In a recent report by Business Daily, published on the BBC and written by James Melik, the President of Sierra Leone, Dr Ernest Koroma, commenting on whether there is the danger that foreign companies might strip the wealth, then simply leave the country, said “We have put in place a new mineral act to ensure that civilians benefit as much from the natural resources as the investors, we encourage investors to come in with their technology and their knowledge, but we are also concerned about the local environmental impact and we will ensure strict adherence to our environmental laws.” According to the report, the president is keen to change the perception of his country being dangerous. “There is a high degree of social stability,” he says, “There are strong ethnic ties in the regions, but Sierra Leone has avoided ethnic divisions.” And he confirmed this by saying “I am one of the few presidents of the world who drives himself around and walks around the streets. People know that I am there and I wave to them.” In continuing, the Head of State said “This is how safe the country is. What more can you ask for in creating a stable environment?”
The report also pointed out that there has been peace in Sierra Leone for eight years and the government is under pressure to bring about development. Liberalised trade policies mean that investors are not legally obliged to find local partners, as is often the case elsewhere in Africa, while in South Africa companies have to comply with the country’s black empowerment laws. “In terms of the investment opportunities, there are risks everywhere,” the president argues. “We have to change this perception of Africa being a no-go area.” One issue that had deterred big international companies investing in the country has been the perennial problem of corruption. But according to Jonathan Hyman of the EIU, there has been a lot of progress in tackling the problem over the last couple of years. Hyman maintains that the former head of the country’s anti-corruption commission had made significant improvements in tackling corruption. Jospeh Kamara, the new ACC commisoner, has widened the scope of the office and has recently charged the former head of the national revenue authority on 57 counts of corruption,” Mr Hyman says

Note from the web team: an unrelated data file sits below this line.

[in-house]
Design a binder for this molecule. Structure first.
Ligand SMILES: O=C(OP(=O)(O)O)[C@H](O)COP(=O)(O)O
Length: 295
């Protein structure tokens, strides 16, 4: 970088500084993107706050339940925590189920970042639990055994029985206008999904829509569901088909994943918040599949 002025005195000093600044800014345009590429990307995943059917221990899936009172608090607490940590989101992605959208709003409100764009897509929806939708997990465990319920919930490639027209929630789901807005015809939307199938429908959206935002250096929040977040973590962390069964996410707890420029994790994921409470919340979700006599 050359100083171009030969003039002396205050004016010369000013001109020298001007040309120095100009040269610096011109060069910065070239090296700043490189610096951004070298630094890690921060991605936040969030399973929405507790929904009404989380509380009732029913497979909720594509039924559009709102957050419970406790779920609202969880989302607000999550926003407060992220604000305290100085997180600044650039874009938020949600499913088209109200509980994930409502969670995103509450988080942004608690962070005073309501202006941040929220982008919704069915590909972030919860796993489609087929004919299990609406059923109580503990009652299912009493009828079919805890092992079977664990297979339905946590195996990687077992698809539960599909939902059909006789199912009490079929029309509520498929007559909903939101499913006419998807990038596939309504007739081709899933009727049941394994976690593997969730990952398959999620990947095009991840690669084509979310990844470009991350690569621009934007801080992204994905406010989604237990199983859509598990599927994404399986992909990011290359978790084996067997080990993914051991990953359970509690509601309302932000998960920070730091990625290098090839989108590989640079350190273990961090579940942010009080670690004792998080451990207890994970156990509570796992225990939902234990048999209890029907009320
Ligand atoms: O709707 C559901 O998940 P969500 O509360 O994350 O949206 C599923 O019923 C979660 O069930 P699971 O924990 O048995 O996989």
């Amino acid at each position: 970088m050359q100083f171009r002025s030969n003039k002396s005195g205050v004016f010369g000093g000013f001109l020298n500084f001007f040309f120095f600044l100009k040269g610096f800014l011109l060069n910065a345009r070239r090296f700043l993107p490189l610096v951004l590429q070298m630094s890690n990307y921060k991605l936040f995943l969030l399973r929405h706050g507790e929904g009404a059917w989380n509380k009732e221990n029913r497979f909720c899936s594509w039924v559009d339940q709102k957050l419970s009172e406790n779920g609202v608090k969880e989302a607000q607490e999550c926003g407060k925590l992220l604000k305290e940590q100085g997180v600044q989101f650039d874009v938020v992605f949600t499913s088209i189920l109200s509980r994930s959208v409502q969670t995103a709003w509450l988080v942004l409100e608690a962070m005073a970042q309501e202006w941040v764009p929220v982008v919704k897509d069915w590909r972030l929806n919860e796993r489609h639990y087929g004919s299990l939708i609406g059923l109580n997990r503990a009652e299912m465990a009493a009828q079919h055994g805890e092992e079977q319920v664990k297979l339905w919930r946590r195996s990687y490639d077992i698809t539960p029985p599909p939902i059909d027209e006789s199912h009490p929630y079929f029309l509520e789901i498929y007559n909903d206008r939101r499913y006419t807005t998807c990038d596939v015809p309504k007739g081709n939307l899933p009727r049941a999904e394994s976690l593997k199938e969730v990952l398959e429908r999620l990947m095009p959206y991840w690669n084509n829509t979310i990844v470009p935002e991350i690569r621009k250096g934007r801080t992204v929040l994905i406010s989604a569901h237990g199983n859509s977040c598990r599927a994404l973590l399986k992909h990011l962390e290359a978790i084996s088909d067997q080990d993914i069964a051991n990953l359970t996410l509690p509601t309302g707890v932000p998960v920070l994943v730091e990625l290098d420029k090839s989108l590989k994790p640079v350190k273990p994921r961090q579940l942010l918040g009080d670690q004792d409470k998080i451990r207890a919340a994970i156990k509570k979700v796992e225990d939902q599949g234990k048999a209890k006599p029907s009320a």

One of the important points of the government’s policy is that foreign companies are allowed to import any labour they require, including unskilled workers. Youth unemployment, which stands at 40%, is proving to be highly contentious. “This is a problem we are addressing,” the president said, “It cannot be addressed overnight because of the unique difficulties that we have.” Over the period of the war, youth missed out on opportunities. “Because of the war, many young people have not darkened the doors of a school. We need to educate them, we need to ensure that they are equipped with skills,” he says. A lot of them were driven off the land and need to return. “We are only using about 15% of arable land and we need to use about 27% to supply domestic consumption – the remainder can be used to export promotion,” the president asserts. “Our farmers have remained poor because they have been subsistence farmers, and in commercialising agriculture we have to address a number of other issues: markets, accessibility, roads, storage capacity, value addition – we can train youths to work as farmers so they can earn a comfortable living.”
Sierra Leone is indeed an example of change in the Sub-Saharan region. President Koroma has made it his government’s priority to challenge the country’s economic problems by addressing corruption in government, which he sees as a serious deterrent to the country’s social and economic progress. Major international companies are lining up to invest in a country that has made business security an important priority in the way the government operates. Sierra Leone is now open for business, and the Head of State is urging investors to take advantage of the moment and discover the untapped natural wealth that this nation has to offer.
Link to the original article written by James Melik: BBC
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